Vote counting was under way Thursday after Iraqis braved attacks to participate in parliamentary elections that incumbent premier Nuri al-Maliki said he was "certain" of winning.
Wednesday's general election, the first since US troops withdrew from Iraq in late 2011, took place as further violence rocked the country, with 14 people killed shortly after polling started.
Both Washington and the United Nations hailed the vote as a rebuke to jihadists who sought to derail the political process in a country suffering its worst bloodshed in years.
Preliminary results are not expected for at least two weeks. Initial figures by the election commission said that about 60 percent of Iraq's 20 million eligible voters cast ballots.
Iraqis complain of myriad grievances, from poor public services to rampant corruption and high unemployment, but the month-long campaign centred on Maliki's bid for a third term and the country's dramatically deteriorating security.
The premier called for a high turnout and voiced confidence he would stay in office after voting early at a VIP polling centre in the Rasheed Hotel in Baghdad's heavily fortified Green Zone.
'Our victory is certain'
"Our victory is certain, but we are waiting to see the size of our victory," he said.
US Secretary of State John Kerry said Iraqis had "courageously voted", sending "a powerful rebuke to the violent extremists" both in Iraq and the region.
The UN Security Council urged Iraq's leaders to form a government as soon as possible "that represents the will and sovereignty of the Iraqi people".
The Security Council , in a statement, stressed that "no act of violence or terrorism can reverse a path towards peace, democracy and reconstruction in Iraq, underpinned by the rule of law and respect for human rights, which is supported by the people and the government of Iraq and the international community".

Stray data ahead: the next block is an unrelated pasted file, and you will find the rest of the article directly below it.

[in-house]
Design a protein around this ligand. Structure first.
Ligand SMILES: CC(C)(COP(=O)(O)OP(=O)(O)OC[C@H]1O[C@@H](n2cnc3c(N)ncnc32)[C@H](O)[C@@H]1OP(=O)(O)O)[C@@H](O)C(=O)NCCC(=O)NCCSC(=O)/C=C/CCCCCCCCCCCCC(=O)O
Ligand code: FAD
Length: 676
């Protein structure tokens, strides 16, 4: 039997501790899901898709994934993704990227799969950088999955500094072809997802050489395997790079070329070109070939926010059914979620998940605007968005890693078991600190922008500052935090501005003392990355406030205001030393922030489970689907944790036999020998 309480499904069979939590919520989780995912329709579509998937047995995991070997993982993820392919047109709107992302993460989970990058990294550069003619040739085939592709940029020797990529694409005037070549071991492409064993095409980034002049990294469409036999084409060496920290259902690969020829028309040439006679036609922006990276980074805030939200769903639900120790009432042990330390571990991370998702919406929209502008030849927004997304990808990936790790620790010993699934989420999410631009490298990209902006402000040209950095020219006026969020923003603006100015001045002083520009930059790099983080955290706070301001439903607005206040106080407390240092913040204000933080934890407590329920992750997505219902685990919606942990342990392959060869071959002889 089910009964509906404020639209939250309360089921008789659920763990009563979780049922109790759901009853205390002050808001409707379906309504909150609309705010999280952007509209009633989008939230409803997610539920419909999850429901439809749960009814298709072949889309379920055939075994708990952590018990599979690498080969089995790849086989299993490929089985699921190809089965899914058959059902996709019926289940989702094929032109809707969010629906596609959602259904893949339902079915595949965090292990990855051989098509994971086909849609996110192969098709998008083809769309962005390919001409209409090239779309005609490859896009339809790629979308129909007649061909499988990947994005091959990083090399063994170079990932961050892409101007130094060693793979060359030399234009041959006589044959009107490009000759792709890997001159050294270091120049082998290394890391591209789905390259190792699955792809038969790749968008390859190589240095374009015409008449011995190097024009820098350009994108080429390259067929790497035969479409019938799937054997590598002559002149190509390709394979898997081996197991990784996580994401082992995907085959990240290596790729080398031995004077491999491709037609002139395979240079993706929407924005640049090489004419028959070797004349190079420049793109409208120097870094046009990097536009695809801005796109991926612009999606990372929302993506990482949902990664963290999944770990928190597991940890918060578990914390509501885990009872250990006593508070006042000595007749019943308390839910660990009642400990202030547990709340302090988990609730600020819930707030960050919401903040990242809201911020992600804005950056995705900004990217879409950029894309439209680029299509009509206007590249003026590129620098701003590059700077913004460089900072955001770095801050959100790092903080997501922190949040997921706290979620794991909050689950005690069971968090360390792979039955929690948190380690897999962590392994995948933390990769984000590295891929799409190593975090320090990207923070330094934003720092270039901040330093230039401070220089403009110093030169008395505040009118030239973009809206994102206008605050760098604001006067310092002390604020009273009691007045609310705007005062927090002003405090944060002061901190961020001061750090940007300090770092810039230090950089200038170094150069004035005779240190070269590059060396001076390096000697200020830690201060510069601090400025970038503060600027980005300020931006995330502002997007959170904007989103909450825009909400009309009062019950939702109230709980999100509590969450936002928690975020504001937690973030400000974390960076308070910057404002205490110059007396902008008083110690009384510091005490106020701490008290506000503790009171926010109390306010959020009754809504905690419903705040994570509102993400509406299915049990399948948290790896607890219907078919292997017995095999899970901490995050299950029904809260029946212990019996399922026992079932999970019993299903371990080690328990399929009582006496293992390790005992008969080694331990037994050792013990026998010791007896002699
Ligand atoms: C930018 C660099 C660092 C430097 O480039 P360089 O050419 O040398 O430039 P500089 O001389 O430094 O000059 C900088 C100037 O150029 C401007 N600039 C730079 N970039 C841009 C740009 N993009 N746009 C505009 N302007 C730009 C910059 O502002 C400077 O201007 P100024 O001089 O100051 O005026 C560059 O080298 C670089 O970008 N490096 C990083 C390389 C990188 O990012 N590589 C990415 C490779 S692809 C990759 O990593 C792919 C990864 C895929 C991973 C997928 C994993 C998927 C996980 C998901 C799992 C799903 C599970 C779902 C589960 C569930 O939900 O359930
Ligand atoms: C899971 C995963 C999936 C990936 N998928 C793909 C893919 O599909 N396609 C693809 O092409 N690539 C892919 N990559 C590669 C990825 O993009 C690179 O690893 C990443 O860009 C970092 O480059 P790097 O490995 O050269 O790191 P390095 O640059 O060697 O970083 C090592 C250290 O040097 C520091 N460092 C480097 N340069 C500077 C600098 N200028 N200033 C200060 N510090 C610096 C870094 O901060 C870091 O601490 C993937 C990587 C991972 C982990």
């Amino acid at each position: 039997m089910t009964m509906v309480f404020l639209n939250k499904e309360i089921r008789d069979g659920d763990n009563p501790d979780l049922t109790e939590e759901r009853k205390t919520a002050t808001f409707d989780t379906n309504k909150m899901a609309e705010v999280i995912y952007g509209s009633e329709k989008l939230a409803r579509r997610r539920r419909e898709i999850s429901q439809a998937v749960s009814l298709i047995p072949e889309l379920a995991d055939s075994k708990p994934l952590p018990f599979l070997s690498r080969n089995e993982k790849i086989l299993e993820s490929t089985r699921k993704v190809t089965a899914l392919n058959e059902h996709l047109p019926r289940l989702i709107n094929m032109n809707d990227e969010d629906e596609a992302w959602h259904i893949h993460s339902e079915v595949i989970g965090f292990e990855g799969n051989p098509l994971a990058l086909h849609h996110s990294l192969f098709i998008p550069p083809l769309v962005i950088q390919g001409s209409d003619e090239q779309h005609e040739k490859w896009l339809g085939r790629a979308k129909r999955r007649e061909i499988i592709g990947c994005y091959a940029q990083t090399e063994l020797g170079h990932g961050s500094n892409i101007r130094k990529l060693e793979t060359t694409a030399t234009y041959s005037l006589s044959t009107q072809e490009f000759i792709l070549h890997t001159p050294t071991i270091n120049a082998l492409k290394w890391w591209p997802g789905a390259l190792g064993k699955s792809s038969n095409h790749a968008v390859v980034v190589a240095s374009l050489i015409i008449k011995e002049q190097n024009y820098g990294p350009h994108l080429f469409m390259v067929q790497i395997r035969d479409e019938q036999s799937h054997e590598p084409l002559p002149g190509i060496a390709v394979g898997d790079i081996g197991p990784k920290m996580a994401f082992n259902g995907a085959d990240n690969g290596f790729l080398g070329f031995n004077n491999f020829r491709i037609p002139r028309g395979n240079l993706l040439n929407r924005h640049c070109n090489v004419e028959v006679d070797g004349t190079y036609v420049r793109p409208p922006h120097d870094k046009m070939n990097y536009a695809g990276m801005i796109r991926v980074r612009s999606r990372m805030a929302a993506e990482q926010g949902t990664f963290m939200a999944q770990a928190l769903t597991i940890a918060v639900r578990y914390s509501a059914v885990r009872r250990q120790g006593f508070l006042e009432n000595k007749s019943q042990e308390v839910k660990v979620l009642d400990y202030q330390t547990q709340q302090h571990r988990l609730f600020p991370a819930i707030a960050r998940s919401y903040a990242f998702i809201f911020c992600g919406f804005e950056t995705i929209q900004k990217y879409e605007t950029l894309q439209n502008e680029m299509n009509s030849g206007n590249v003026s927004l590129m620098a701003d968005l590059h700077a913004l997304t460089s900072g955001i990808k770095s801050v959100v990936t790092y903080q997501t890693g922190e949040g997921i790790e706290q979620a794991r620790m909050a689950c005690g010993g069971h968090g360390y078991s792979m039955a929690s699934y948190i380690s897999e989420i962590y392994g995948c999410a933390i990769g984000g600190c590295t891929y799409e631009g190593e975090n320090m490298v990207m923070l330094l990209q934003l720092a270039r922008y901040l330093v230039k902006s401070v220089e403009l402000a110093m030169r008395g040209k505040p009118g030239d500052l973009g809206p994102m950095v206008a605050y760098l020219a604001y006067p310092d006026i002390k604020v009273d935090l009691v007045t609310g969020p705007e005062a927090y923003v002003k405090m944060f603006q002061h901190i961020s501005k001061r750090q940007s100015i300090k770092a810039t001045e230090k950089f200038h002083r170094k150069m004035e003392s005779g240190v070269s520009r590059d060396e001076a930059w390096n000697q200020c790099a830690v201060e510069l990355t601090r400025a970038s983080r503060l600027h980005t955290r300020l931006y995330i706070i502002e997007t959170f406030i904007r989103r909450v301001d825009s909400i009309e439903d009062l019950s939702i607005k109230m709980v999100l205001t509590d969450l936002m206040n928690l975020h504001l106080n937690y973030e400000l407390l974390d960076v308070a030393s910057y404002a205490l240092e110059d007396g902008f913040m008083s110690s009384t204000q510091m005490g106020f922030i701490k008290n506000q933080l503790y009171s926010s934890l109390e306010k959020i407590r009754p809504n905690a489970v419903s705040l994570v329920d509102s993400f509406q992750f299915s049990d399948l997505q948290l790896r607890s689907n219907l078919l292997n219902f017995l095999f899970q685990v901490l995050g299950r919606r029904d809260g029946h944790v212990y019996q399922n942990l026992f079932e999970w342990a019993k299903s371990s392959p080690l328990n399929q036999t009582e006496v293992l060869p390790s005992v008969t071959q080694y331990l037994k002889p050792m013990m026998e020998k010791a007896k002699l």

Analysts had expressed fears that much of the electorate would stay home rather than risk being targeted by militants, who killed nearly 90 people during the two previous days.
Soon after the polls opened Wednesday 14 more people, including two election commission employees, were killed in a wave of attacks that also wounded dozens.
Voting for change
Many Iraqis said they had cast their vote despite the unrest because they were fed up with their elected officials.
"I came to vote for change for my children and my grandchildren, to change the future and the situation of the country for the better," said Abu Ashraf, 67, a retired accountant who declined to give his full name.
"It is necessary to change most of the politicians because they have done nothing, and they spend years on private conflicts," he said.
Others said they had confidence in Maliki and his Shiite-led government.
"If we are not coming to vote, who is going to come (to power)?" asked Umm Jabbar, who had queued since 6:00 am outside a polling station in the Shiite shrine city of Najaf.
"Will the enemy come? I am voting for Maliki, because he is a thorn in the eyes of the enemy."
More than 750 people were killed in April, with violence at its peak since a brutal sectarian conflict killed tens of thousands in 2006 and 2007.
Militants have controlled the town of Fallujah since the beginning of the year, preventing polling in parts of mainly Sunni Arab Anbar province, west of Baghdad.
Maliki's critics have accused him of concentrating power and marginalising the Sunni minority, and say public services have not sufficiently improved during his eight-year rule.
The 63-year-old contends the violence is fuelled by the conflict in neighbouring Syria and has accused Sunni Saudi Arabia and Qatar of backing insurgents.
Maliki's State of Law alliance is tipped to win the most seats in parliament but fall short of a majority. This means he will have to court other Shiite parties, as well as Sunni and Kurdish blocs, if he is to remain in power.